Some days we we arranged the sawn boards length and width into high quadratic towers. Another manner of bread winning was wood cutting. We would be rented by shtetl house owners to saw wood lumbers to pieces 15” length and then to cut the short but thick pieces to make them suitable to be put in oven. It was hard work in the shtetl courtyards. The price of our work was very low, and there were days we were unemployed.

No wonder our nourishment was poor: bread, potatoes, tea and potage. Our most preferred dish was fresh black Russian bread and we will remember our benefactor, Hirshl the baker who let us have his good and so tasty bread in never ending credit.

Not only the Baker, most of Volozhin inhabitants received us in a friendly way and tried to help. I was sent to the more wealthy houses as a “seamstress“. I had to cut material and to sew underwear. But my experience in this work was almost zero and I did more dammage than was useful. Despite this my employers were gentle, did not reprimand me and paid my fee.

We were proud with our hard labor and of the style of common life. We were pedantic about guarding the rules of equality.

We had our leisure culture: Singing in common for long hours, reading, typical Kibbutz conversations, and walking around the Shtetl.

We had a frightful experience in common with the town inhabitants. A Volozhin Jew was murdered on his way to a nearby hamlet. The bandit was caught. All of us we went to see his execution by hanging. Until now I can see the drama: The green meadow, the hangman dressed in black, the sun in the skies, the brigand without expression led to his death and the stool overturned from under his feet.

A murderer had been punished. Who will revenge the innocent blood of the thousands of Volozhin Jews? Who will punish their murderers? How can we imagine Jewish Volozhin without Jews?


Hashomer Hatsayir in Volozhin 1934

Standing from left to right: From Vilna, Gitl Rapoport, Avrom Perski, Yokh Dolgov, From Vilna
Sitting: Itskhok Kaplan, Leah, From Vilna, Hinda Rudnik, From Rakov, Rohl Perski
Sitting below: Mordkhe Eli Guirson, Elta Horodishtsh, Eliyahu Naroshevitsh

[Page 425]

Keren Kayemet L' Israel (JNF) in Volozhin

By Benyamin Shapir (Shishko), Karkur, Israel

Translated by Naomi Gal

Donated by Anita Frishman Gabbay

Activities for JNF[Jewish National Fund] in Volozhin was an important part of the Jewish life in the city. The building of the “Tarbut” School with the blue–and–white sign, reminded the citizens that their homeland is in Zion. One could feel the Land–of–Israel ambiance in this building. Whoever went in – be it a child or an elderly person – were partners in the revival and for Aliyah for the Land of Zion. Between the walls of this house each “circle” found its own corner. “Halutz”, “HaShomer–Hazair”, “Betar” –they were all in the same home. Points of view were different, but the common ground turned them all to one family – the family of Zion's sons.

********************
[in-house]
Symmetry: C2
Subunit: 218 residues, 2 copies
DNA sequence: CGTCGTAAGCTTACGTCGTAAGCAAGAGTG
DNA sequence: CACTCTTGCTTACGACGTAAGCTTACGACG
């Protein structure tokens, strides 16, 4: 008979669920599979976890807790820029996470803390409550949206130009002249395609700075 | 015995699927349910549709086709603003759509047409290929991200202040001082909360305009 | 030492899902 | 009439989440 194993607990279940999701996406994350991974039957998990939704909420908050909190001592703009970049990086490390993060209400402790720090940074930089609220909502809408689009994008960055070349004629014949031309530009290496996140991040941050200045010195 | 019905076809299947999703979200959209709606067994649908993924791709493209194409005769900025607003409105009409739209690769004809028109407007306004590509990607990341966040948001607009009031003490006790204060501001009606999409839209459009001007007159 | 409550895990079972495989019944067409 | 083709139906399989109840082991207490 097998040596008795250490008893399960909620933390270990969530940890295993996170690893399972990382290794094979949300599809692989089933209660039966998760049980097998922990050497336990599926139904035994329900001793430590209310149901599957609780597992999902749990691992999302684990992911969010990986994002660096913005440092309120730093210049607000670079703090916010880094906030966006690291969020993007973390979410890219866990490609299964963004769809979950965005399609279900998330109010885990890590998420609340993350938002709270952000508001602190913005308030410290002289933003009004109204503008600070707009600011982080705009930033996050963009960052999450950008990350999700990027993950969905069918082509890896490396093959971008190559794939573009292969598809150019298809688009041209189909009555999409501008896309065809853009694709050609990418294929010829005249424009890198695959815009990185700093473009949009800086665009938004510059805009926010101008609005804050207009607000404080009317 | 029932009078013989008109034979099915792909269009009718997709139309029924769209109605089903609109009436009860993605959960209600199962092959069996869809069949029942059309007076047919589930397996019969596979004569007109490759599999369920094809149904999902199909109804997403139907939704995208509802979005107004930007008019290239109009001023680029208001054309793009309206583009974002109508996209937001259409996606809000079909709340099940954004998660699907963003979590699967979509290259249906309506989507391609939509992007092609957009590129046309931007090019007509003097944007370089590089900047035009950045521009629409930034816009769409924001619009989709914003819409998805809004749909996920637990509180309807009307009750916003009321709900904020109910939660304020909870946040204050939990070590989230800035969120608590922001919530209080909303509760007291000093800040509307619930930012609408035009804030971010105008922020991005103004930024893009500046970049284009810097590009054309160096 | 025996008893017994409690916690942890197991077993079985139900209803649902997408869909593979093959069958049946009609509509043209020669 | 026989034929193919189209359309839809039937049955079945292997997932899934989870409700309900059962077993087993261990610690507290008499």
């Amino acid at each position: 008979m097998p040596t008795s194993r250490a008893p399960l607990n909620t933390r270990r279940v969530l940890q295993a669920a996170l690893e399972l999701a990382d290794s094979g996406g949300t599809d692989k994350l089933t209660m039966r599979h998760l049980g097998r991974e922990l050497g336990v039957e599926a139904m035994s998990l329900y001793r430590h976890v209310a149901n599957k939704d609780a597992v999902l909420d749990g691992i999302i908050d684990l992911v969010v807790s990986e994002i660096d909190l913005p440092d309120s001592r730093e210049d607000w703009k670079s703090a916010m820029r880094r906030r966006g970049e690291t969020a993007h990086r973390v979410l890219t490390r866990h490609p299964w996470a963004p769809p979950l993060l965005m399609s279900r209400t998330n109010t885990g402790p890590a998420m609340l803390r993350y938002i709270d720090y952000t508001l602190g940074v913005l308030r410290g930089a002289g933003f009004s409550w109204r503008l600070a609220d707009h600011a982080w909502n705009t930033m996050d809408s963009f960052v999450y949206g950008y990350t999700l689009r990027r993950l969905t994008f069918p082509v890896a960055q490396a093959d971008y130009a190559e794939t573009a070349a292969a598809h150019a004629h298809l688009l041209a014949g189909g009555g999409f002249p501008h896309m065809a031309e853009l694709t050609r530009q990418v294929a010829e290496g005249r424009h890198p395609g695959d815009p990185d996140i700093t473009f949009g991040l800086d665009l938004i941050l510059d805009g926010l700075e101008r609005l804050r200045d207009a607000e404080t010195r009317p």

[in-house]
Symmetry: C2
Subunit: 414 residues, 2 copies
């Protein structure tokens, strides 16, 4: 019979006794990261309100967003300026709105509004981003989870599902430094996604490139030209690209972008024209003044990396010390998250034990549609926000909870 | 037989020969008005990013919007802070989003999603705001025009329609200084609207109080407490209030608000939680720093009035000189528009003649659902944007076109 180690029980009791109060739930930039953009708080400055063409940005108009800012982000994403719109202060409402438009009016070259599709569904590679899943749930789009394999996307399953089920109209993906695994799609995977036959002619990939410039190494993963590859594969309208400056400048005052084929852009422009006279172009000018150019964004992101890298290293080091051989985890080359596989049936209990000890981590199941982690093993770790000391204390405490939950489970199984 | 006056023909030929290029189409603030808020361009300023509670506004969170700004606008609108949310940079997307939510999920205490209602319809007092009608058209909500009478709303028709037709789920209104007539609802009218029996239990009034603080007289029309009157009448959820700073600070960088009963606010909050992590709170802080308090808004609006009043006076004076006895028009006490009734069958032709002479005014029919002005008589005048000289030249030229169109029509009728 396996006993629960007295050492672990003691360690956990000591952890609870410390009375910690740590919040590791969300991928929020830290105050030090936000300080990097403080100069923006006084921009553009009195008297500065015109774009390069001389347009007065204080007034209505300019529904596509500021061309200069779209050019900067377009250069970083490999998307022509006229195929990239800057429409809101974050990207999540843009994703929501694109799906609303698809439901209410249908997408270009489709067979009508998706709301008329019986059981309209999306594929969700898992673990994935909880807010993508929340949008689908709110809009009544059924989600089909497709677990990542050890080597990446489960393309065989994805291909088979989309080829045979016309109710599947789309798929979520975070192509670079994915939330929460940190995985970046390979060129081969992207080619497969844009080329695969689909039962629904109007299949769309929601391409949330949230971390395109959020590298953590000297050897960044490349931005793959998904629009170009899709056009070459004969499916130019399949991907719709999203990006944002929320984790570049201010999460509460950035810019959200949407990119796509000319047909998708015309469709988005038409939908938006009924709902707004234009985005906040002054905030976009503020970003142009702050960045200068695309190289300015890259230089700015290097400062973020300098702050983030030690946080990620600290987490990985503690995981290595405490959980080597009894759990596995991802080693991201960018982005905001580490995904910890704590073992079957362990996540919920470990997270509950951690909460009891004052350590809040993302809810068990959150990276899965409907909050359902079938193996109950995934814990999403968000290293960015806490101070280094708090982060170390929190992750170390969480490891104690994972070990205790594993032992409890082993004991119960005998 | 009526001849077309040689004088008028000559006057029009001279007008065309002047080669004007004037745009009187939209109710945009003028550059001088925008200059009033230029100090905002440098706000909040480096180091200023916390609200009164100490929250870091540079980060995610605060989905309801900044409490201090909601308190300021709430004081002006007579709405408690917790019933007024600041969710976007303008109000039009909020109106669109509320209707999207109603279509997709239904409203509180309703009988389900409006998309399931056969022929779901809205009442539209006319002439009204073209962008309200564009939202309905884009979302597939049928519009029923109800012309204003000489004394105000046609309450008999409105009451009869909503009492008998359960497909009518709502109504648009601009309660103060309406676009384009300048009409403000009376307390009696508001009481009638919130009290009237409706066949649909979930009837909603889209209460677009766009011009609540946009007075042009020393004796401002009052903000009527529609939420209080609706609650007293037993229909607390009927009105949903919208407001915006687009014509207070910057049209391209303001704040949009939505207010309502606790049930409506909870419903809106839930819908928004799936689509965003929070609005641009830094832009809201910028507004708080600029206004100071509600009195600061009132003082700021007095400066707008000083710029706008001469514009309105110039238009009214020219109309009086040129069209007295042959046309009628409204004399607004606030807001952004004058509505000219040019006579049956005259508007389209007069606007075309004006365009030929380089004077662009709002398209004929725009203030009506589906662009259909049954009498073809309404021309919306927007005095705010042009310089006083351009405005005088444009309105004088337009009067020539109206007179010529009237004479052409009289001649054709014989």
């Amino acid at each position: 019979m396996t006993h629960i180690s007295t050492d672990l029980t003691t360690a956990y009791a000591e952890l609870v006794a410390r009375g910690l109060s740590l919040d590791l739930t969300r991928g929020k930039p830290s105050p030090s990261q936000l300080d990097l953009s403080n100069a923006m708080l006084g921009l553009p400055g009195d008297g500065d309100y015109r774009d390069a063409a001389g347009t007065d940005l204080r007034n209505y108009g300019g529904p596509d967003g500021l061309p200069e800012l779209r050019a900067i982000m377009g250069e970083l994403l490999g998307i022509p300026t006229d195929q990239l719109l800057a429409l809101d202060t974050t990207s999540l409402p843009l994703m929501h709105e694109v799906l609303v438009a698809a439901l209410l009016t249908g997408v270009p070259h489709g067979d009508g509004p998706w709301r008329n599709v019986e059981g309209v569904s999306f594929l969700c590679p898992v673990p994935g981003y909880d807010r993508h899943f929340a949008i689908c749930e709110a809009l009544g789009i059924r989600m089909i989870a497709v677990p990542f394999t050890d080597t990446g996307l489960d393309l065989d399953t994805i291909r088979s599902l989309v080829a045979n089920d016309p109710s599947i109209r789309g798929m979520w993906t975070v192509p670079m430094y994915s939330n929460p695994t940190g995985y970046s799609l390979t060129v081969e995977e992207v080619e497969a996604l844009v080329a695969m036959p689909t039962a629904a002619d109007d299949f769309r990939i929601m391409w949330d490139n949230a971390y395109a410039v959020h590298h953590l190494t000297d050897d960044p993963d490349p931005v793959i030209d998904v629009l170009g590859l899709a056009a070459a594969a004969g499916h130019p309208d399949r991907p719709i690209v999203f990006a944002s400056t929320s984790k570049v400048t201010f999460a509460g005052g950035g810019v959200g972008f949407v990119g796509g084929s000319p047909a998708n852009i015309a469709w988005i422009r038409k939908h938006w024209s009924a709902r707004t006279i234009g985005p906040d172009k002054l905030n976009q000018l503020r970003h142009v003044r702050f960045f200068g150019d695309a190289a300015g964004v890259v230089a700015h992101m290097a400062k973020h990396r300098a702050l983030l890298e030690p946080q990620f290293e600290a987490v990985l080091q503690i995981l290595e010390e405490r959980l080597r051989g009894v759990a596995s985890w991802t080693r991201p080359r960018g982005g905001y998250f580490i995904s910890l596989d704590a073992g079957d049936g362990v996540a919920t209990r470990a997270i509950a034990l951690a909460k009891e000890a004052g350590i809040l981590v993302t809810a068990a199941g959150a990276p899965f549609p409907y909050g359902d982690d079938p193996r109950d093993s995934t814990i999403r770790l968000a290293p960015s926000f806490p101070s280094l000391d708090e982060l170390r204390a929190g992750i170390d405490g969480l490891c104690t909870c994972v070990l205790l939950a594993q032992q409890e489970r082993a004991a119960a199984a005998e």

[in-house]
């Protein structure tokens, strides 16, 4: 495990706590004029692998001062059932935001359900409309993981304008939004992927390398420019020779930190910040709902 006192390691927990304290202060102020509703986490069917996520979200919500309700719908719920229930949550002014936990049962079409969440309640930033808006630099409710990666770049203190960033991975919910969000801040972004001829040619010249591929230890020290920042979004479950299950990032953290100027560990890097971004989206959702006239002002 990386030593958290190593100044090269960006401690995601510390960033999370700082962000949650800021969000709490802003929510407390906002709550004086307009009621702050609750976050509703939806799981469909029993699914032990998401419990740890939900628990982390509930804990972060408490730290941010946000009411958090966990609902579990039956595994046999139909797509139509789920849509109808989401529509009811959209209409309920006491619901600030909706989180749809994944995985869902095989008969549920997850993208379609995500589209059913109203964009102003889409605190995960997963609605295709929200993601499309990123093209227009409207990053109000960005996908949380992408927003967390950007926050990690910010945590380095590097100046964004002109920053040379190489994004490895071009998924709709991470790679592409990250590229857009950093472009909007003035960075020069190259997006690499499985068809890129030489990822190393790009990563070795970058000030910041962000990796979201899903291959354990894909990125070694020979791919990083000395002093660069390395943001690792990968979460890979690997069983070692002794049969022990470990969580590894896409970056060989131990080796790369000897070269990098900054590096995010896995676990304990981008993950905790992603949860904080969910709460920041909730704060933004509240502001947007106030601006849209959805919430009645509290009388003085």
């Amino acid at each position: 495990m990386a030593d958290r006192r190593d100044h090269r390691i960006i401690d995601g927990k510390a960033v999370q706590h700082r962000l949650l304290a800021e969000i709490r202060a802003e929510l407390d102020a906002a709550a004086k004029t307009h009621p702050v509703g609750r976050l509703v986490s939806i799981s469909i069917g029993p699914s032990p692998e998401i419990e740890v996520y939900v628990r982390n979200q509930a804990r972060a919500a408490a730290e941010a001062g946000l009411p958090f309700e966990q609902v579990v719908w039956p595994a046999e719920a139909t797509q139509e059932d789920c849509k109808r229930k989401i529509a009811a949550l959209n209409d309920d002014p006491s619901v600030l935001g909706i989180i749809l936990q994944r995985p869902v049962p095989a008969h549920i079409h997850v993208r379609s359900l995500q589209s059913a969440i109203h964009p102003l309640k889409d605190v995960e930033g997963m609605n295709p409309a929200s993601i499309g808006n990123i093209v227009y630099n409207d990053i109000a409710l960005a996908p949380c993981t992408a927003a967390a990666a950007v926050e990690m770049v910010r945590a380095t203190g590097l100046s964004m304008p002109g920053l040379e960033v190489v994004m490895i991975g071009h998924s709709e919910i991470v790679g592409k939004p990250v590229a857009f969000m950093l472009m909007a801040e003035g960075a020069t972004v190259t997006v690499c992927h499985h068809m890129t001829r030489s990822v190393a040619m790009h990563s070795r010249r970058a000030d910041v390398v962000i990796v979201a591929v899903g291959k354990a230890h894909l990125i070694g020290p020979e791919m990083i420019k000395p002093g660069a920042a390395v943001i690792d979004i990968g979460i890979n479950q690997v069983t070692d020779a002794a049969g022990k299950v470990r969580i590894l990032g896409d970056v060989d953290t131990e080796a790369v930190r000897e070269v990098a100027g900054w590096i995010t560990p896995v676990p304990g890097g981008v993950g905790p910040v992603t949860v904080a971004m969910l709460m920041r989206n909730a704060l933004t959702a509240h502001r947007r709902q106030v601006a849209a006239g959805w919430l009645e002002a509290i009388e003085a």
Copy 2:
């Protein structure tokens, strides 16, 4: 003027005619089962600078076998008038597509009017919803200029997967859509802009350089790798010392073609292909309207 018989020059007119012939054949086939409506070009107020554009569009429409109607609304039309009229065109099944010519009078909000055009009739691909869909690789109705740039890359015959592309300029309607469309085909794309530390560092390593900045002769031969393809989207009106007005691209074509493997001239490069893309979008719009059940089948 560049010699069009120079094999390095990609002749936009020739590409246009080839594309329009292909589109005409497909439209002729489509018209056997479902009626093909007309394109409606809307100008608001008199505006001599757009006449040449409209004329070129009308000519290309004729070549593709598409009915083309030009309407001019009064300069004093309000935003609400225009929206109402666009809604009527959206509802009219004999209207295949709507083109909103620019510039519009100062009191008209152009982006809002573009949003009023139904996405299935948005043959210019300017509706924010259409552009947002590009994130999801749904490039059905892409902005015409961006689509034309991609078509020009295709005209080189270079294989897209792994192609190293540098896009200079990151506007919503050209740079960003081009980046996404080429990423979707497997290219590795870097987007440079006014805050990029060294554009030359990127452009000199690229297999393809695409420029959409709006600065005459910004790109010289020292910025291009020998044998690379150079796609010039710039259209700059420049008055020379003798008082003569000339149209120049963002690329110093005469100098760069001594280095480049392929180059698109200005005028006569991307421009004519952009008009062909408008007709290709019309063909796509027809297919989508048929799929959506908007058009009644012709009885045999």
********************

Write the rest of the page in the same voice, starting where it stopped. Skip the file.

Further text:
The JNF council, under the direction of Rabbi Israel Lonin (presenting


The Bazar's committee (“The Market”) of JNF on 9–10 July 1933

Standing (right to left): A. Moshe Skelyots, B. Polia Farver, C. Lea Kivilevitz, D. Yaakov (Yani) Gerber, E. Gittel Kline, F. Eliezer Maz'a
Sitting: A. Hannah Rogovin, B. Yaakov Lipsitz, C. Sara Yezgor, D. Onya Rubin (Kahanovitz's son in law), E. Rikla Shafsnovel, F. Haim Stkolshik
Sitting on the floor: A. Michael Perski, B. Rachel Rogovin, C. Yosef Schwartzberg

[Page 426]

the city's Hamizrahi”), included members of the General Zionists, “Zeirai–Zion”, “Haalutz”, Betar, “Hashomer Hazair” etc. The meetings took place on Saturdays, in the “Tarbut” School building. These meetings were Shabbat's Oneg (Pleasure) of Volozhin's Jews, craving redemption. Whoever saw R' Israel Lonin walking, after a Shabbat's nap, to a meeting of JNF, his face illuminated, relaxed, as if he had a revelation – would understand the secret for the existence of the people of Israel.

True, we were in the diaspora, but we lived as if our bodies were in the west while our hearts were in the east. The work for JNF was our daily nourishment, each student of the “Tarbut” School had a saving notebook where JNF stamps were glued. In every house hung a blue–and–white box in which the family members inserted their contributions to redeeming the homeland. Once a month on Shabbat they used to plan the emptying of the boxes. Couples from all “circles” and movements volunteered for this sacred endeavor and fulfilled the Mitzva to sacrifice to God at the beginning of the month.

The Rosh Hodesh in Volozhin was a day of the Land–of–Israel for all the city's Jews. The volunteers who came to empty the boxes were welcomed cordially. In every wedding hall they would sell, between dances, Zion flowers, money that was consecrated to redeeming the Land–of–Israel.

Lag BaOmer was majestically celebrated by us. Zion flags were held in the hands of the “Tarbut” students who walked in rows to the summit of “Bialik Mountain” (the mountain is in the eastern part of the city. They say that Bialik wrote